Rush to Trust ? or Maybe Not?
Careful on relationship property issues
With the abolition of gift duty taking place on 1 October 2011, commentators are already predicting there will be a rush to transfer assets into trust, or to complete any established gifting programme, see our story on Page 2.
The purpose of this article, however, is to suggest that there may be reason to pause and consider whether that will actually achieve the desired outcomes, at least in the area of protection against relationship property claims. Under s44 of the Property (Relationships) Act 1976 (PRA), the Family Court can set aside any transfer of property to a trust ?if it was done with the intention of defeating the rights of a relationship partner.
Under the PRA it generally only takes three years for a relationship partner to have an equal claim to certain assets owned by the other, such as the family home. Under the existing gift duty rules, however, it can take several years to transfer the full value of a property to a trust. With that mismatch in timing, it has been difficult for people to prevent an established partner from enforcing PRA rights.
The proceeds of a relationship property sale are itself relationship property. Proceeds of sale include any debt back owed by a trust for the price. Transferring a home that is already relationship property to a trust does not stop a partner making a claim against the debt back or from making an application under s44 to have the transfer reversed and then making a claim against the property itself.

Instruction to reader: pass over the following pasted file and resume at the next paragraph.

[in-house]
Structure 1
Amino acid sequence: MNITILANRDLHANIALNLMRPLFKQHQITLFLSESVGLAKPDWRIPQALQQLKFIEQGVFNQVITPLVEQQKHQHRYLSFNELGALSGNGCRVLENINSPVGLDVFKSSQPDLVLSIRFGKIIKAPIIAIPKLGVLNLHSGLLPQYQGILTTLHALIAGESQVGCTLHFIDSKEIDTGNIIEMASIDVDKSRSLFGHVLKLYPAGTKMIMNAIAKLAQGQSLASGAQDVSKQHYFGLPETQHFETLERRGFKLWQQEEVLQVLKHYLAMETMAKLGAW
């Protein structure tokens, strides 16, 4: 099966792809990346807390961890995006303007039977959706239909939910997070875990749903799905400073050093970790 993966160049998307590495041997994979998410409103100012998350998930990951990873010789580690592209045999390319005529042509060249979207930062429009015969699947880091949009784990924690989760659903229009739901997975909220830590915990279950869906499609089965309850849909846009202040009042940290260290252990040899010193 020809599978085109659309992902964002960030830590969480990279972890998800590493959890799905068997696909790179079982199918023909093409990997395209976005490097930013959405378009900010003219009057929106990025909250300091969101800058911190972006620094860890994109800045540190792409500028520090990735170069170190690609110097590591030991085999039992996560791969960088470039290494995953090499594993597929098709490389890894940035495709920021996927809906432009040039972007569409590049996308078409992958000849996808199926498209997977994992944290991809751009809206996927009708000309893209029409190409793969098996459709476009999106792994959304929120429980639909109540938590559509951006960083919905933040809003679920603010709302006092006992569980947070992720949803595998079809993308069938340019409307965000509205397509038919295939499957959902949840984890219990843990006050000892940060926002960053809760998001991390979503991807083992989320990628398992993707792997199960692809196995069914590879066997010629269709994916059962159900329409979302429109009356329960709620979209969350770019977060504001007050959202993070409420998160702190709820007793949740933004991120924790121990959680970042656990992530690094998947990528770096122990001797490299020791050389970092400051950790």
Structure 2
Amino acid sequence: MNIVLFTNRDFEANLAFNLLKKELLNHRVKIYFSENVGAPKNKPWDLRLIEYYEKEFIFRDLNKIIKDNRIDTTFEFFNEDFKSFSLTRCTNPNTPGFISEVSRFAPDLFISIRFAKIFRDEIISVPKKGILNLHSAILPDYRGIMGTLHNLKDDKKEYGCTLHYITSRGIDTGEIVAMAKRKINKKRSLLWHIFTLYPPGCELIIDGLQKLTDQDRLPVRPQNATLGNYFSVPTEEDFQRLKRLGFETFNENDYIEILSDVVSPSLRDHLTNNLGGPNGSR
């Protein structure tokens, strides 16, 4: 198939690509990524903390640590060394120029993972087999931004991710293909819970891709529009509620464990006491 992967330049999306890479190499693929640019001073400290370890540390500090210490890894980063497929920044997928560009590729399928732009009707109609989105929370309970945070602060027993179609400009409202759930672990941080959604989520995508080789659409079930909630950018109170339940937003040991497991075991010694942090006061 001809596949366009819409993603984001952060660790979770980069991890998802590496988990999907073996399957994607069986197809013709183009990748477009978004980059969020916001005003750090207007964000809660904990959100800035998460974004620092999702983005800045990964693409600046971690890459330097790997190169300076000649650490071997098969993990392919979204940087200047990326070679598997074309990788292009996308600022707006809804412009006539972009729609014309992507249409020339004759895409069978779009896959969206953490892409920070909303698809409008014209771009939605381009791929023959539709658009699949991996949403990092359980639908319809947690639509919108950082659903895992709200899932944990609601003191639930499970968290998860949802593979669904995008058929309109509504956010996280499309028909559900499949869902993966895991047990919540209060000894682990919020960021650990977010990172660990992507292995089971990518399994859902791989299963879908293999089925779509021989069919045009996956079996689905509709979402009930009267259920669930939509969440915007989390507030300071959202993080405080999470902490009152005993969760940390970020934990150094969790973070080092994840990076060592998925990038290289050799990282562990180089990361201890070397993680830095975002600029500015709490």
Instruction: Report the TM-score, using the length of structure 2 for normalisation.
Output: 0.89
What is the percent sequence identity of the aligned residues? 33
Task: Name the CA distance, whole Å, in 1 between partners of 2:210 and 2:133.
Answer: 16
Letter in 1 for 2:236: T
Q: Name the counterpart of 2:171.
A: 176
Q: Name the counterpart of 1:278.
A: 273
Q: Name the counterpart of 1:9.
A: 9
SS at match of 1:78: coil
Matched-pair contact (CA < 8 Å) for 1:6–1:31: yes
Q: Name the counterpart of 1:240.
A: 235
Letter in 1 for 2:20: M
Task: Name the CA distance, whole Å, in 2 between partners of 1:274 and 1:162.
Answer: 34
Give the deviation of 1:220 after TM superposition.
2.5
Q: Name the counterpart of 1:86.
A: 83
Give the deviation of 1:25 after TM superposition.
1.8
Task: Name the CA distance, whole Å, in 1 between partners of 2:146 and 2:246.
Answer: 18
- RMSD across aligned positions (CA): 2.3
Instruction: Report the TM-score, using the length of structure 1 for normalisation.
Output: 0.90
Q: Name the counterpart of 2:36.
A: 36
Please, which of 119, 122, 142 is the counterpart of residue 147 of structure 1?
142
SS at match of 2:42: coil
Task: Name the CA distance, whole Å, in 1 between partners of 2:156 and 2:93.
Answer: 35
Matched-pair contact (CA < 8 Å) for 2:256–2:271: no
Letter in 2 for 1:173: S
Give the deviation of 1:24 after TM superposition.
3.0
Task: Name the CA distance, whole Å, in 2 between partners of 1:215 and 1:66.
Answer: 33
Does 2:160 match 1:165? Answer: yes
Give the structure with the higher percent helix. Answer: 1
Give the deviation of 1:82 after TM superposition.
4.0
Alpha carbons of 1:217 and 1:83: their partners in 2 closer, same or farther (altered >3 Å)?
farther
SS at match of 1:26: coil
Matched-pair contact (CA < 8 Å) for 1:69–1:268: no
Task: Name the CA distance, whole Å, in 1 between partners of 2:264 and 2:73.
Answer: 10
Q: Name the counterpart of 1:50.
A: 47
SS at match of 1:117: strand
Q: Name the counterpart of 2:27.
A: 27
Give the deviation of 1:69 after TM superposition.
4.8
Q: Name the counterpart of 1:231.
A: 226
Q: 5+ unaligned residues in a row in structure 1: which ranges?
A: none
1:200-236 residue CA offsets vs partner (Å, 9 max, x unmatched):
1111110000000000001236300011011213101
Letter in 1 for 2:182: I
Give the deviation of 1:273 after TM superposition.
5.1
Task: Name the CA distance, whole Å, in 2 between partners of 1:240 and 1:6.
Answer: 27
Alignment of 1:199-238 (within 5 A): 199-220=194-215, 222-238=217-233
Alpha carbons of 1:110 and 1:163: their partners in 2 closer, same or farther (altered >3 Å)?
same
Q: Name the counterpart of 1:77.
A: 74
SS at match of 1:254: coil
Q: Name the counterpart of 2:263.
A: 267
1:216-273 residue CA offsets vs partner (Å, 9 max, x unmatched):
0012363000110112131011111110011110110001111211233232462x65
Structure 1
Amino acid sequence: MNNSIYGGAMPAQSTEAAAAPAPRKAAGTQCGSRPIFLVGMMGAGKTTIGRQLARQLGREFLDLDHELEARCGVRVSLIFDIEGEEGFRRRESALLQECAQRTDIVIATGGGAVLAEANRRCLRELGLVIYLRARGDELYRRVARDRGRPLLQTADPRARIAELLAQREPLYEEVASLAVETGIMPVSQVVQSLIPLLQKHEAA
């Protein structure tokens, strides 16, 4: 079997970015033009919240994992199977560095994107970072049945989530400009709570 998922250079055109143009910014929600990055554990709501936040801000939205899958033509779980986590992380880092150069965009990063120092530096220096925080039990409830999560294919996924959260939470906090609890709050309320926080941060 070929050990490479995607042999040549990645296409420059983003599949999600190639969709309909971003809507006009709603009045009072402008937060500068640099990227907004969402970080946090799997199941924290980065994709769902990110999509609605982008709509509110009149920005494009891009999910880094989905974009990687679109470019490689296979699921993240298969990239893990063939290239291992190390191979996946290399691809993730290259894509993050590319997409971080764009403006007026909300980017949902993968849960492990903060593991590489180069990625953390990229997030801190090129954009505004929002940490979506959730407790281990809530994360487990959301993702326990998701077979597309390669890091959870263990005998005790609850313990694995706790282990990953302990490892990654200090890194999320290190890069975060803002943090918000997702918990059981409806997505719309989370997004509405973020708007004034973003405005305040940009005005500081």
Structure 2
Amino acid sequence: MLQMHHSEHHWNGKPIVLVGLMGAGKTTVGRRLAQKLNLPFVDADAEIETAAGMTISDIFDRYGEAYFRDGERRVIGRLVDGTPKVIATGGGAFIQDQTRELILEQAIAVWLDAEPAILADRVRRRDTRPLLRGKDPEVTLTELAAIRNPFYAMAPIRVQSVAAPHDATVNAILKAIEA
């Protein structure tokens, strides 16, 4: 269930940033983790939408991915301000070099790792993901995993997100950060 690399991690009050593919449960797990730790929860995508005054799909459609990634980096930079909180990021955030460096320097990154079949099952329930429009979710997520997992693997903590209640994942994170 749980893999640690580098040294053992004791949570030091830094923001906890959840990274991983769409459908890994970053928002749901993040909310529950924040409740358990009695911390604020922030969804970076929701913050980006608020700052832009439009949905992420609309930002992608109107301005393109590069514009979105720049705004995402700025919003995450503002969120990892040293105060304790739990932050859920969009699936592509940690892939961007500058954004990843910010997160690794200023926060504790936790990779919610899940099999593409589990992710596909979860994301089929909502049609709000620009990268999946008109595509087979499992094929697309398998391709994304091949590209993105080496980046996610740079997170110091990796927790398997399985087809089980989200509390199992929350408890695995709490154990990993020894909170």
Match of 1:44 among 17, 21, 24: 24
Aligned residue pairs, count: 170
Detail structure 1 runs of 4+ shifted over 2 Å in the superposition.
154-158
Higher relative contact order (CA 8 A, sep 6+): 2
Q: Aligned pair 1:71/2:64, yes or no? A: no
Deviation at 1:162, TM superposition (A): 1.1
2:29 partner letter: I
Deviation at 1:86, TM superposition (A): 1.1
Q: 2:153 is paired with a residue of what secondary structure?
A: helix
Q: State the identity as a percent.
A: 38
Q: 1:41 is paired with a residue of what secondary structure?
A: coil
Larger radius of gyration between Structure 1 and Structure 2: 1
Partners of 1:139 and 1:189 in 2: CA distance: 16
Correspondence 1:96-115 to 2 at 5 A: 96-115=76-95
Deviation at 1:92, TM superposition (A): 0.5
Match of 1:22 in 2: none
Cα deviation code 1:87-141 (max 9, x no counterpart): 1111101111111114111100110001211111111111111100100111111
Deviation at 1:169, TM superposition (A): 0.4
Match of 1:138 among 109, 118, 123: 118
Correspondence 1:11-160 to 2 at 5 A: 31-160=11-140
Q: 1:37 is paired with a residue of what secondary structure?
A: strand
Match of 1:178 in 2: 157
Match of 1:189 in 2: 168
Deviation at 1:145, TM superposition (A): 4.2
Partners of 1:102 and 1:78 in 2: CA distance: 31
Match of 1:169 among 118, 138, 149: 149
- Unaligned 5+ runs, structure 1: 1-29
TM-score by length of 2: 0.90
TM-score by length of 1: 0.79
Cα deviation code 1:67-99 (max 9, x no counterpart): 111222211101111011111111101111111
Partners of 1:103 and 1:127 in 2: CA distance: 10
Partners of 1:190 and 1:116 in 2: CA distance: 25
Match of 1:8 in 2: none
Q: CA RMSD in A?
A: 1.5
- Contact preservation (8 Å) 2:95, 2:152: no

It is frequently suggested that the s44 provisions do not apply where property is transferred into trust before a couple?s three year anniversary; the property is not yet relationship property. This is incorrect as the judgments of the Supreme Court in Regal Castings v Lightbody and in the High Court in Ryan v Unkovich have made clear.
The courts held that ?knowledge of a consequence can be equated with an intention to bring it about?. If you know that a transfer could defeat your partner?s PRA rights, even if that was not in fact your primary motive, you are still held to have intended that outcome, and s44 will apply.
The PRA applies in retrospect; it applies to actions that took place before the legislation was passed. This means that any transfer to a trust that was intended to defeat the rights of a de facto partner will be subject to s44, even if the transfer took place before the PRA came into effect (1 February 2002). The PRA also applies to actions of a couple that took place before they have been together for three years. Therefore both existing PRA rights and also potential PRA rights are protected by s44.